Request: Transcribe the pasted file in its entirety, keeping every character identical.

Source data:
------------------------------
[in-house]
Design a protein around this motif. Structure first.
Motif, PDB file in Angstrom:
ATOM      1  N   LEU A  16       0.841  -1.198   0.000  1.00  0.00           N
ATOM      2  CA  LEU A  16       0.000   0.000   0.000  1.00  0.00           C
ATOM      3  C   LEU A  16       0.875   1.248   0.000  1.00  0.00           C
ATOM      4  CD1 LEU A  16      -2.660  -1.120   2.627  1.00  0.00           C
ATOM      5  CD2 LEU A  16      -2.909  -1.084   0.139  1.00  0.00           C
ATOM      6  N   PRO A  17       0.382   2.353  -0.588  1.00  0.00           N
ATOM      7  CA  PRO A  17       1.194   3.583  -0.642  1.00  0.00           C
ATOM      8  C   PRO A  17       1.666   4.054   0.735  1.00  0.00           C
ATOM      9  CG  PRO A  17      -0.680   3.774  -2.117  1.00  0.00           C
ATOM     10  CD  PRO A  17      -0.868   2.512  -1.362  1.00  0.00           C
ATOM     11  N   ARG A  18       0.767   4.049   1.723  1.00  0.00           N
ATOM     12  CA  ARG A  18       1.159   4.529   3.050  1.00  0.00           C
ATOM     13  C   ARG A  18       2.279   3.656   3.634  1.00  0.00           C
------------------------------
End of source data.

[in-house]
Design a protein around this motif. Structure first.
Motif, PDB file in Angstrom:
ATOM      1  N   LEU A  16       0.841  -1.198   0.000  1.00  0.00           N
ATOM      2  CA  LEU A  16       0.000   0.000   0.000  1.00  0.00           C
ATOM      3  C   LEU A  16       0.875   1.248   0.000  1.00  0.00           C
ATOM      4  CD1 LEU A  16      -2.660  -1.120   2.627  1.00  0.00           C
ATOM      5  CD2 LEU A  16      -2.909  -1.084   0.139  1.00  0.00           C
ATOM      6  N   PRO A  17       0.382   2.353  -0.588  1.00  0.00           N
ATOM      7  CA  PRO A  17       1.194   3.583  -0.642  1.00  0.00           C
ATOM      8  C   PRO A  17       1.666   4.054   0.735  1.00  0.00           C
ATOM      9  CG  PRO A  17      -0.680   3.774  -2.117  1.00  0.00           C
ATOM     10  CD  PRO A  17      -0.868   2.512  -1.362  1.00  0.00           C
ATOM     11  N   ARG A  18       0.767   4.049   1.723  1.00  0.00           N
ATOM     12  CA  ARG A  18       1.159   4.529   3.050  1.00  0.00           C
ATOM     13  C   ARG A  18       2.279   3.656   3.634  1.00  0.00           C